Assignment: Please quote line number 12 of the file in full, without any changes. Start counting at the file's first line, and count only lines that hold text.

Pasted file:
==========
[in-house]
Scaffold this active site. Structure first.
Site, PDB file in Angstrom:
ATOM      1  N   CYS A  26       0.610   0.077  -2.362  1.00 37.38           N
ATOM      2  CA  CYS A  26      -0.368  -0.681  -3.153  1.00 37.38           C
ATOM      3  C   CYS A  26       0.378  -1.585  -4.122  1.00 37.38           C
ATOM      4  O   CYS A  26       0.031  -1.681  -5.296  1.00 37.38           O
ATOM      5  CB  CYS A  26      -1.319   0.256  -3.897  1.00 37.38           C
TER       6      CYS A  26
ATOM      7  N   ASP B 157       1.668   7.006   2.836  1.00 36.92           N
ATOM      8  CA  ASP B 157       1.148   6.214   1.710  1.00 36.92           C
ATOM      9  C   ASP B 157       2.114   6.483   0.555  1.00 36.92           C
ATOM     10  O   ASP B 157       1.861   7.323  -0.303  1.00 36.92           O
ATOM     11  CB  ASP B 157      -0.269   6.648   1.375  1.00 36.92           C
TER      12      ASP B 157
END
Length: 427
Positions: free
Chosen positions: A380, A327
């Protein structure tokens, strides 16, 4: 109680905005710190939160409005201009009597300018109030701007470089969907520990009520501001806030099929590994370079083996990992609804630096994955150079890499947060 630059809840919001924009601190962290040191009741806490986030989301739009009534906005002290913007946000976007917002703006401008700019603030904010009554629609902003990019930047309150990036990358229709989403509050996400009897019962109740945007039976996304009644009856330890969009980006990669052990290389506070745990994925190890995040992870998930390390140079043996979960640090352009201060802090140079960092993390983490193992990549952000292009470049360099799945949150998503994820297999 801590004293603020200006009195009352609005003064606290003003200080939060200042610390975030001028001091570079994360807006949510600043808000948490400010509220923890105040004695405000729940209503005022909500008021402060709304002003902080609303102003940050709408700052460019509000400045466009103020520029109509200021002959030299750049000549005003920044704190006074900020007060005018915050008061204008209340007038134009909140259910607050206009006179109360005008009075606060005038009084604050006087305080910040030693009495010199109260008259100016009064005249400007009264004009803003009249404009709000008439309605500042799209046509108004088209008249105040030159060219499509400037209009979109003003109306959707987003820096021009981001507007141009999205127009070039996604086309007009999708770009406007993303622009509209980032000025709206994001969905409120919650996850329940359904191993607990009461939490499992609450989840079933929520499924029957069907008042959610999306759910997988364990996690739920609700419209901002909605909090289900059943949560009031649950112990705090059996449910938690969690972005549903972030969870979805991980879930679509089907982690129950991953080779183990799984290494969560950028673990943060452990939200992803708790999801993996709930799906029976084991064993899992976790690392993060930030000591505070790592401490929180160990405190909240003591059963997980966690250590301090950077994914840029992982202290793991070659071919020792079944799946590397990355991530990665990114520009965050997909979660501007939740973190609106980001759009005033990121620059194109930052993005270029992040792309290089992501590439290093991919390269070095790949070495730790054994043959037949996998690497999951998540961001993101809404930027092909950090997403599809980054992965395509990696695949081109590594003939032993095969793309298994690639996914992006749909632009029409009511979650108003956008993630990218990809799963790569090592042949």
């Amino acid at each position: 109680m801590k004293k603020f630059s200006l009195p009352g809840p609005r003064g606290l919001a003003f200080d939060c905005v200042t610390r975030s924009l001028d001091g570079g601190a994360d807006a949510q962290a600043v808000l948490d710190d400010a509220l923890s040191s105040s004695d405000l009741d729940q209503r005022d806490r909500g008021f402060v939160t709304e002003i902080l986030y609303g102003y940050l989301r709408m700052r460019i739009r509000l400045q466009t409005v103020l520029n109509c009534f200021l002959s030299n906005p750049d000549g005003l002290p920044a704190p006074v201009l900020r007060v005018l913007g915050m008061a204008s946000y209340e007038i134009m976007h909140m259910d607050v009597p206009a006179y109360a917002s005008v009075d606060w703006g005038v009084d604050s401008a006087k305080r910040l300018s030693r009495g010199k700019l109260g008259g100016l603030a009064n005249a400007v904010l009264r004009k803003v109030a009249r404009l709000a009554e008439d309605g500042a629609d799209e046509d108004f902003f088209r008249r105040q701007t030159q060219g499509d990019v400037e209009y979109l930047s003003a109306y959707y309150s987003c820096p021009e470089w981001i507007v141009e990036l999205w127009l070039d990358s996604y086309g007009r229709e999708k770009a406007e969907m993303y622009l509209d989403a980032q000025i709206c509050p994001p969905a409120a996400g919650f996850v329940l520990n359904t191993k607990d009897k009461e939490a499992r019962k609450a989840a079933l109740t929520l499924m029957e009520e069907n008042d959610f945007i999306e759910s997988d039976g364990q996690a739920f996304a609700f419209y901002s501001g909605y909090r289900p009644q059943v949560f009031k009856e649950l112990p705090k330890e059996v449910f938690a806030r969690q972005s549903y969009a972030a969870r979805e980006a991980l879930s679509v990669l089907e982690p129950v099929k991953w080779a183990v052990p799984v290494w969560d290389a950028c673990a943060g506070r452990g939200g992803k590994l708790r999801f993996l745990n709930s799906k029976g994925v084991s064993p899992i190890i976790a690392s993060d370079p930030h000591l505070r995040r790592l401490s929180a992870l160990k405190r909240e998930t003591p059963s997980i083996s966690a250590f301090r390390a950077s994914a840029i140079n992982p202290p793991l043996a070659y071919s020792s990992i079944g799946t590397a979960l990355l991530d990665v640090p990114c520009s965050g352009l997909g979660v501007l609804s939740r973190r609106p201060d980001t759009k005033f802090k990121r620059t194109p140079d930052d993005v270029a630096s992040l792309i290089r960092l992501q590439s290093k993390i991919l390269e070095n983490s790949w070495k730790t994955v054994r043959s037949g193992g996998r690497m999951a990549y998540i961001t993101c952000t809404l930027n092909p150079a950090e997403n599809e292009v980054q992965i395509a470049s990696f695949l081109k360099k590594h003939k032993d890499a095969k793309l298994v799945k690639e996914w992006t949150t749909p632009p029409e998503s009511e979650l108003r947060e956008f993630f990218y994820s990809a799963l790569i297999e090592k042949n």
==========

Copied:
ATOM      9  C   ASP B 157       2.114   6.483   0.555  1.00 36.92           C